For months Whistler has struggled with Olympic anxiety and angst.
But it looks like the latest Olympic update, hosted last week by the 2010 Vancouver Olympic Committee (VANOC), the municipality, the Whistler Chamber of Commerce, and the Integrated Security Unit, may have helped change the mood for the better.
"I think as a result of Wednesday's Game Plan meeting I sensed that we turned a corner," said chamber president Fiona Famulak.
"We are moving into the next phase, which I think is a positive phase."
Famulak believes that businesses are now getting the information they need to plan for Games time. And, she said, it is available in variety of ways through a variety of different organizations making it more accessible.
The change was evident with the increase and change in tone in the calls received by the chamber the day after the meeting, which drew over 300 people.
"...It is quite noticeable that since Thursday morning, the day after, we have received very positive feedback from our membership and the tone of the calls that we are receiving now is more upbeat and more positive and the type of questions are more specific, which is good," said Famulak.
She isn't alone in her perceptions.
Ben Thomas of VIP Mountain Holidays observed the same sea-change.
"I think we have turned the corner," he said this week.
"I really got the feeling that this meeting helped people get over that hurdle (of not feeling good about the Games).
"I think absolutely the meeting was a very crucial one and it could have gone the other way if they had not given the information needed. We would have had another pay parking situation on our hands."
(Recently Whistler citizens voiced outrage over council's decision to introduce pay parking. Many felt there was not enough information and public consultation on the issue.)
While accepting that there was not much new information at the meeting, Thomas said presenting it in a clear way at one forum has helped dispel many myths, including that the highway will be closed, that residents will not be able to get around, that businesses will be unable to operate, that visitors and residents will not be able to walk around town without going through security, or that Whistler Blackcomb will not be open for skiing and boarding.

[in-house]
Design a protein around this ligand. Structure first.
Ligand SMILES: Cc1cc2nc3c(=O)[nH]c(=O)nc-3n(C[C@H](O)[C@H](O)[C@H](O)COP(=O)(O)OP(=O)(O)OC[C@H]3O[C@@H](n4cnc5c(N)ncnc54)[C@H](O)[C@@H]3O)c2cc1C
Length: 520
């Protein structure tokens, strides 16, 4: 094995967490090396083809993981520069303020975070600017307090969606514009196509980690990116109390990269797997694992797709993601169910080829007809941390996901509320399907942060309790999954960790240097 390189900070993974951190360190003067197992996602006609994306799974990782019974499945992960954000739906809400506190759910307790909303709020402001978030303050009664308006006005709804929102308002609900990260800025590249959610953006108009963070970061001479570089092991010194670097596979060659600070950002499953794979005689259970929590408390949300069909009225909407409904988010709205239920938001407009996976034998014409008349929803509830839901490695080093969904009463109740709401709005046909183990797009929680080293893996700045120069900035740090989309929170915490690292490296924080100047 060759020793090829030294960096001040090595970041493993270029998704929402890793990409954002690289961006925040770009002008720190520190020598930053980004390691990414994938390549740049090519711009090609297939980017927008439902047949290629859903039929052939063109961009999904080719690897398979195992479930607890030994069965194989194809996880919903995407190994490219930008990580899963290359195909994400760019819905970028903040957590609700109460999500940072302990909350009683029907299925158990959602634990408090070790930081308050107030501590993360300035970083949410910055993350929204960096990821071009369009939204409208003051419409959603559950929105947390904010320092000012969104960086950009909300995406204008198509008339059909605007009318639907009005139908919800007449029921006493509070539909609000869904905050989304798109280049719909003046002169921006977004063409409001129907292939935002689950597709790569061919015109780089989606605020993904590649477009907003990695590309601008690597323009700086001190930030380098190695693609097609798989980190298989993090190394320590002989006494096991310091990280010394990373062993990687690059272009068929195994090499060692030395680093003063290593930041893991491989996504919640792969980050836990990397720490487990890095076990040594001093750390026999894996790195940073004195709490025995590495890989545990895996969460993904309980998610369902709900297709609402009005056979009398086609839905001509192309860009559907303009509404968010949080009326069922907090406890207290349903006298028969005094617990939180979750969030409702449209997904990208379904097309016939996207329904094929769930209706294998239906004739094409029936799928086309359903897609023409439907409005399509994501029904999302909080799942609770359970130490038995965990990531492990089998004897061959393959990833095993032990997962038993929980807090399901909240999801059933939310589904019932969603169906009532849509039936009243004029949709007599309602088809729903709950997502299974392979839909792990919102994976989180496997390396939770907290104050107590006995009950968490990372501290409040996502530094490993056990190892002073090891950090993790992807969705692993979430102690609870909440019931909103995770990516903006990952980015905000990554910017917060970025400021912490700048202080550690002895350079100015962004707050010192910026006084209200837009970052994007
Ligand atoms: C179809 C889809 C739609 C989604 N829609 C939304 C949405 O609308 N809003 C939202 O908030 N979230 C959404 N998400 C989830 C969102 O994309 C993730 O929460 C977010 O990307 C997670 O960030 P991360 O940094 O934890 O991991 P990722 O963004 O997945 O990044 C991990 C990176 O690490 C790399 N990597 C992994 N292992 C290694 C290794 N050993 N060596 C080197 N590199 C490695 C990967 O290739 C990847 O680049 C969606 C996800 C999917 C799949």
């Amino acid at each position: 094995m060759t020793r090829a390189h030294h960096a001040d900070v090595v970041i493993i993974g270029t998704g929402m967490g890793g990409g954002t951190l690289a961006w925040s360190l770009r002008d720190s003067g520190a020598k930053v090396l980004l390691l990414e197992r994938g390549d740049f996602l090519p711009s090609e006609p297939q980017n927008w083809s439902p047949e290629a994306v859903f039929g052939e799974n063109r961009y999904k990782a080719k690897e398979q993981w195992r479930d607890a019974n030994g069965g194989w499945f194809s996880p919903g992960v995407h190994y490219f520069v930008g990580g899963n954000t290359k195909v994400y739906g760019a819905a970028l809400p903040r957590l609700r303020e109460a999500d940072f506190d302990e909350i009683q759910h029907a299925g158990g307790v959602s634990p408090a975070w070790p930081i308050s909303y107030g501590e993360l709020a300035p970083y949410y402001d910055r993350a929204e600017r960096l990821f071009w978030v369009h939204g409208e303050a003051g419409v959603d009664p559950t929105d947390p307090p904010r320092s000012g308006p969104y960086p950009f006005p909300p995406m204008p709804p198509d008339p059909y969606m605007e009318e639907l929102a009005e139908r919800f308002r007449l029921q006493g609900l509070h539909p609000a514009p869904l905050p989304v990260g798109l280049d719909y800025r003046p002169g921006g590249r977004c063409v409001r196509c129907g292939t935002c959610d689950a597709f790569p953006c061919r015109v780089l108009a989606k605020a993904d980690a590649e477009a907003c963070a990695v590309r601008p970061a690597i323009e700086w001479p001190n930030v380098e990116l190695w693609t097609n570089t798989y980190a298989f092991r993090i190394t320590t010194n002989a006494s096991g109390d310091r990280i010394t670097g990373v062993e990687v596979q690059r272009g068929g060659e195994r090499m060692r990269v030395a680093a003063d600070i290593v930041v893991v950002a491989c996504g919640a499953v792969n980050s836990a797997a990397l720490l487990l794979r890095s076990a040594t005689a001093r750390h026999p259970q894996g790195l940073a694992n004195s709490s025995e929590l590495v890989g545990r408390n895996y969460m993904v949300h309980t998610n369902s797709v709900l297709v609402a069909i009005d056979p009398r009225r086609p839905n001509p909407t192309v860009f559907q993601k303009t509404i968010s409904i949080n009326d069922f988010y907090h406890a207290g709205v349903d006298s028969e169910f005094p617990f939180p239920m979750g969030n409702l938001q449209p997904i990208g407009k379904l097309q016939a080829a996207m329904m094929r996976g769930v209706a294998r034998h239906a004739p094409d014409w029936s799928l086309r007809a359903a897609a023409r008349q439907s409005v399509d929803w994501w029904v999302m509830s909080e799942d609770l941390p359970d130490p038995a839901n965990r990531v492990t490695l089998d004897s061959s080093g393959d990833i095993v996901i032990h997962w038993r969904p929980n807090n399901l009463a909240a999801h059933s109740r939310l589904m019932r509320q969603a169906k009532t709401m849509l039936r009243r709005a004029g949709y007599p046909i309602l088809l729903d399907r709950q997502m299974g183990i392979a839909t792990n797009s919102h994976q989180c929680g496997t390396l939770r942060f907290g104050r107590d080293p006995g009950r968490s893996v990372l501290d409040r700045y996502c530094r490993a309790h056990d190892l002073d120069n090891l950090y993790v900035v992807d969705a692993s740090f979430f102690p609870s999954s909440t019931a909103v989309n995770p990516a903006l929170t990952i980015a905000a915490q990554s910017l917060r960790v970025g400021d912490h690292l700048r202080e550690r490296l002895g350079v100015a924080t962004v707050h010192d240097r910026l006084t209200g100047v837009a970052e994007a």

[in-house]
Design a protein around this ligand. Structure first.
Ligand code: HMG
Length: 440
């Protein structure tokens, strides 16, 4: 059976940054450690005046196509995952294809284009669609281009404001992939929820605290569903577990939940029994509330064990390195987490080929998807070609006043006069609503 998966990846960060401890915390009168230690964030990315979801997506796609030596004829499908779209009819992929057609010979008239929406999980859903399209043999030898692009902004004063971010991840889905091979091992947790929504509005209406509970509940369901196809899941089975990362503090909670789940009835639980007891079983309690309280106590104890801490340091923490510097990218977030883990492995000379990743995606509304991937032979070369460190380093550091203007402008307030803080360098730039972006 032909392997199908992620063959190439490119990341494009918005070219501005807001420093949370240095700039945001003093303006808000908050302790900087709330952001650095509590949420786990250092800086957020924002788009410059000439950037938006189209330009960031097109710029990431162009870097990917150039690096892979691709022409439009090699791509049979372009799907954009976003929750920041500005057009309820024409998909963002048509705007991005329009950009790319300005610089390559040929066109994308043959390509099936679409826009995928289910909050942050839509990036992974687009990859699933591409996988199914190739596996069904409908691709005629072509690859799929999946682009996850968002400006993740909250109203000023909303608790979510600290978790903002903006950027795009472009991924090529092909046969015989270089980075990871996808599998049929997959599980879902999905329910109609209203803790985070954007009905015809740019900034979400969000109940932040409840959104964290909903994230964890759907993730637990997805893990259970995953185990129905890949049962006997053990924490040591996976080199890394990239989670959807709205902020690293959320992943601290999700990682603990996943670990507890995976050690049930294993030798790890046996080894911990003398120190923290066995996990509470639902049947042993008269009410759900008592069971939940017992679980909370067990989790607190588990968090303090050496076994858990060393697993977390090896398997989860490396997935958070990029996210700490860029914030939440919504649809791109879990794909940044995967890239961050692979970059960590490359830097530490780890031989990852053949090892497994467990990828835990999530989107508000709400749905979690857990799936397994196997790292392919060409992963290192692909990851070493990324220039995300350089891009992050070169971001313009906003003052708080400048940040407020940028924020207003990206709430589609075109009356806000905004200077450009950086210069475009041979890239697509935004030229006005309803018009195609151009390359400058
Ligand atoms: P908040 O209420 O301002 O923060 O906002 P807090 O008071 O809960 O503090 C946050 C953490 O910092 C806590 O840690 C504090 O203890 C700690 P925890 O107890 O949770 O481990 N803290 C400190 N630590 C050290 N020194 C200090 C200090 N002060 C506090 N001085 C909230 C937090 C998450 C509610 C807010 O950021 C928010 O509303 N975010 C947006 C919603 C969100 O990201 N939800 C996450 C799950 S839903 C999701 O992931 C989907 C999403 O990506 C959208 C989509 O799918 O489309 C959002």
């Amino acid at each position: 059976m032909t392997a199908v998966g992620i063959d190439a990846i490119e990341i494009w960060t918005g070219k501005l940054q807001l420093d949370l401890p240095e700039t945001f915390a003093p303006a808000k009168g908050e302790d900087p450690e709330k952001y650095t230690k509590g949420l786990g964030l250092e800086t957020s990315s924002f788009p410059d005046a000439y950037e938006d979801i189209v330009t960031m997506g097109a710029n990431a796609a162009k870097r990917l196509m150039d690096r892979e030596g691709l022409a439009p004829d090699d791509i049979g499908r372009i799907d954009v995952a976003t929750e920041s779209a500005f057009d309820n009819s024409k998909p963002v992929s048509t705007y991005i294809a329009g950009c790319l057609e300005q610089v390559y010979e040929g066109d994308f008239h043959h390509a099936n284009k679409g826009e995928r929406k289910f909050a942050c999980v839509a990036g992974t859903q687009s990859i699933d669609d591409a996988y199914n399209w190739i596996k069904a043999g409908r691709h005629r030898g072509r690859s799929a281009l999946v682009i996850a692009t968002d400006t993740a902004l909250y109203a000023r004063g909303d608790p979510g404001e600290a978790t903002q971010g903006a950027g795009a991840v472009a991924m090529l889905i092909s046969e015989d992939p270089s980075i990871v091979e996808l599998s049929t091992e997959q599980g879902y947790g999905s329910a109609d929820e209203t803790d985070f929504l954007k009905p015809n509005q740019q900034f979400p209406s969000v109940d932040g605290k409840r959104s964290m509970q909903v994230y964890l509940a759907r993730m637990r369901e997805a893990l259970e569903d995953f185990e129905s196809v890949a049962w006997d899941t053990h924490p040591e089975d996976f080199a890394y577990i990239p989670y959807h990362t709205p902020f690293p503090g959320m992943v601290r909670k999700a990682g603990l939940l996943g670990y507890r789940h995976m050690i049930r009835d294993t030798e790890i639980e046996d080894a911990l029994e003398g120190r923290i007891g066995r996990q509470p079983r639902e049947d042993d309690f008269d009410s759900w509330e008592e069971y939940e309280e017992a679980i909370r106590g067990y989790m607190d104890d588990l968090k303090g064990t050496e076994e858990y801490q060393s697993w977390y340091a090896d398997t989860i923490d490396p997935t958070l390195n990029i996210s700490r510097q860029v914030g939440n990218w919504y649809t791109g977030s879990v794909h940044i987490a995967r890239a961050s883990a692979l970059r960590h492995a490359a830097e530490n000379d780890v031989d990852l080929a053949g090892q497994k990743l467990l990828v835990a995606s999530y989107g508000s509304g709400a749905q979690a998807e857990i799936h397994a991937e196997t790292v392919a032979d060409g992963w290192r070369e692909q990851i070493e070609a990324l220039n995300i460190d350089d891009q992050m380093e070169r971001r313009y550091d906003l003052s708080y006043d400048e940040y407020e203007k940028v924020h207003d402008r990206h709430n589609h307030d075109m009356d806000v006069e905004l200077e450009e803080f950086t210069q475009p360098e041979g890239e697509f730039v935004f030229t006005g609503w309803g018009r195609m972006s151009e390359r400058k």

"Most of this information has been out there but people don't go into the right websites to look for it themselves and so this time it was given to them in plain English and that makes all the difference," said Thomas.
It was also announced at the meeting that residents in neighbourhoods close to Olympic venues would have to get a permit for their car at Games time.
And residents will also have to get a permit to drive the Sea to Sky Highway.
The Game Plan meetings are designed to bring Olympic communities up to date with plans and preparations as the Games draw nearer.
"We wanted to make sure that the transportation worked around the venues," Bill Barratt, the Resort Municipality of Whistler's Chief Administrative Officer told the audience.
"We want to make sure that our residents and guests have easy access to their hotels and home.
"You will be able to get around. There are only a few areas that will be permitted and on the whole we believe it will decrease transit congestion."
The permits will be mailed out using the tax roll for addresses. There will also be an office at municipal hall to deal with anyone who needs a permit but is not on the tax roll.
Each household will get two fully transferable permits.
While most in the audience left with a better understanding of what it will be like to live with virtually no public parking, 55,000 daily guests, thousands of media looking for a story, thousands of security officials, a restricted highway and road system, some still had questions.
Can bars and restaurants stay open longer, will people be able to protest, will taxis and limousines face long delays in driving from the resort to the Vancouver airport and back, how will Olympic organizers deal with an outbreak of H1N1 swine flu, and how will residents get around with parking all but non-existent?
"We want these questions and we want to answer them," VANOC spokeswoman Maureen Douglas told the crowd.